Wende Kirby
Community Justice Manager

Pre-Trial Supervision Programs

The Pre-Trial Supervision Programs (PSP) supervise defendants who are released from jail pending a court appearance and who require supervision in the community prior to trial. They support the efficient use of limited public safety resources and protect the community by helping to ensure that local jail beds are available to hold the most dangerous offenders.

PSP case managers and officers supervise defendants released prior to their court hearings. PSP has two primary goals: to protect community safety and ensure that defendants attend all court hearings.

PSP supervision allows defendants an opportunity to remain employed, in school, continue health are services, (drug/alcohol/mental health treatment) and remain in their home while being monitored in the community.

Defendants are monitored through a combination of phone contact, home visits, office appointments and (in some cases) electronic monitoring.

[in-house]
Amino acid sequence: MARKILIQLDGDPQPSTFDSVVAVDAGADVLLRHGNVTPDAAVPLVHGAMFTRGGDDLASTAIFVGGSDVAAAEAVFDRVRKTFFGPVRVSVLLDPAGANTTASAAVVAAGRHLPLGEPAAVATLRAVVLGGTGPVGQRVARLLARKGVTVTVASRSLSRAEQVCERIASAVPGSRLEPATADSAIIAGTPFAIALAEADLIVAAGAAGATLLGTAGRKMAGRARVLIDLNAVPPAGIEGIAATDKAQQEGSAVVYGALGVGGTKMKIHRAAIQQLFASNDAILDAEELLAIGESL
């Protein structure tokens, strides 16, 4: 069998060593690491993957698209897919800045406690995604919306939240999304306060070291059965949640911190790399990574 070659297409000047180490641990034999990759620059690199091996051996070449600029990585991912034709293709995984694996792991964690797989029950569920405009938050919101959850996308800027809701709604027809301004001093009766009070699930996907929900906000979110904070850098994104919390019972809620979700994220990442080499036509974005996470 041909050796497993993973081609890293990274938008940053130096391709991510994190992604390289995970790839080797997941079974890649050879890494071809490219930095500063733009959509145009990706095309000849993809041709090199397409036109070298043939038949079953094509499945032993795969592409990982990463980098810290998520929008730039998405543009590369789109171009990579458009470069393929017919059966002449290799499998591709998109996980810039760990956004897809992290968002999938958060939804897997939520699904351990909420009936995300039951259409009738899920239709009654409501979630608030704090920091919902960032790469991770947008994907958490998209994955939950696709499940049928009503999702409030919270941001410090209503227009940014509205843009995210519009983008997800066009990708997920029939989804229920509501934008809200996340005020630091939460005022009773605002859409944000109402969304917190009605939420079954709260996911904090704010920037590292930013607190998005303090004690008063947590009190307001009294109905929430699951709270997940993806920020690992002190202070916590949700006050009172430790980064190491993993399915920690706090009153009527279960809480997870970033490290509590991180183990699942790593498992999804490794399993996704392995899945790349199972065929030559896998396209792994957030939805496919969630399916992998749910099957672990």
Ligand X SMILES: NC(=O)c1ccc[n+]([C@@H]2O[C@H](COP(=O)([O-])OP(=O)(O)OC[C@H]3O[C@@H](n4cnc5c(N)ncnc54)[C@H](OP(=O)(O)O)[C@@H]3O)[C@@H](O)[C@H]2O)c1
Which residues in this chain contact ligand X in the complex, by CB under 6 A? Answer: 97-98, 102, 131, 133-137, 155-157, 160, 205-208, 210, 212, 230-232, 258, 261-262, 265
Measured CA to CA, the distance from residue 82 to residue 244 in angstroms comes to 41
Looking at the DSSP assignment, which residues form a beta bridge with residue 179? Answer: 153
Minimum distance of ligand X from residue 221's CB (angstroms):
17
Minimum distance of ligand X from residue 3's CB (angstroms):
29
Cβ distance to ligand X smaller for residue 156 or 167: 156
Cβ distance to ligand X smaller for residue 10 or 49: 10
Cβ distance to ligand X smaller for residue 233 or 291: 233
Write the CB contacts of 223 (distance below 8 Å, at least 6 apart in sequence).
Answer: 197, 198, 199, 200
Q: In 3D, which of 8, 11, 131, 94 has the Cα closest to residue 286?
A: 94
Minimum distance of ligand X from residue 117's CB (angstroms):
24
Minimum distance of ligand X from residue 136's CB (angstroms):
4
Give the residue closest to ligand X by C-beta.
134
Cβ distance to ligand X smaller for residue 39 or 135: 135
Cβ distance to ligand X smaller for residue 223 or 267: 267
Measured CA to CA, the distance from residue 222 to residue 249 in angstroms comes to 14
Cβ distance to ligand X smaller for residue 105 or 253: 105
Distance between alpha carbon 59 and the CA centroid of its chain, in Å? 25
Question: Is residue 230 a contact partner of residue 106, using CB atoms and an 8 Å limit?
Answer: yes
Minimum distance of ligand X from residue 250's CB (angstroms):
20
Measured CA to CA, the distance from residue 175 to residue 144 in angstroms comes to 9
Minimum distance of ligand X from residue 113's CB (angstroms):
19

Defendants are referred to PSP by a judge. PSP evaluates each defendant's public safety and flight risk and then makes a recommendation to the court about whether the defendant is eligible for supervised pre-trial release. In some cases, judges may order that a defendant report to PSP directly in lieu of a formal evaluation.

PSP supervision ends after the defendant's criminal case is resolved.

PSP Main Number:

Don Trapp
PSP Manager

Recognizance Unit

The Recog unit interviews arrested defendants in jail to identify which defendants are low risks to re-offend until their next court appearance and who can be released from jail on their own recognizance. This unit supports the efficient use of limited public safety resources and protects the community by helping to ensure that local jail beds are available to hold the most dangerous offenders.

Recog staffs the jail 24 hours/7 days per week. Each year, Recog staff interview over 16,000 defendants in custody with a pending Multnomah County charge. Approximately one-third of these defendants are found eligible for release.

Recog staff use a standardized risk-assessment form (which rates each defendant's risk based on criminal history and other factors) to determine who can be released prior to their initial court appearance.

Release decisions are made based upon the probability the defendant will appear for arraignment, while protecting victims, witnesses, and the community.

Recog policies are developed in conjunction with judges, the Multnomah County Sheriff's Office, the District Attorney's Office and other criminal justice system partners.

Dylan Arthur
Recog Manager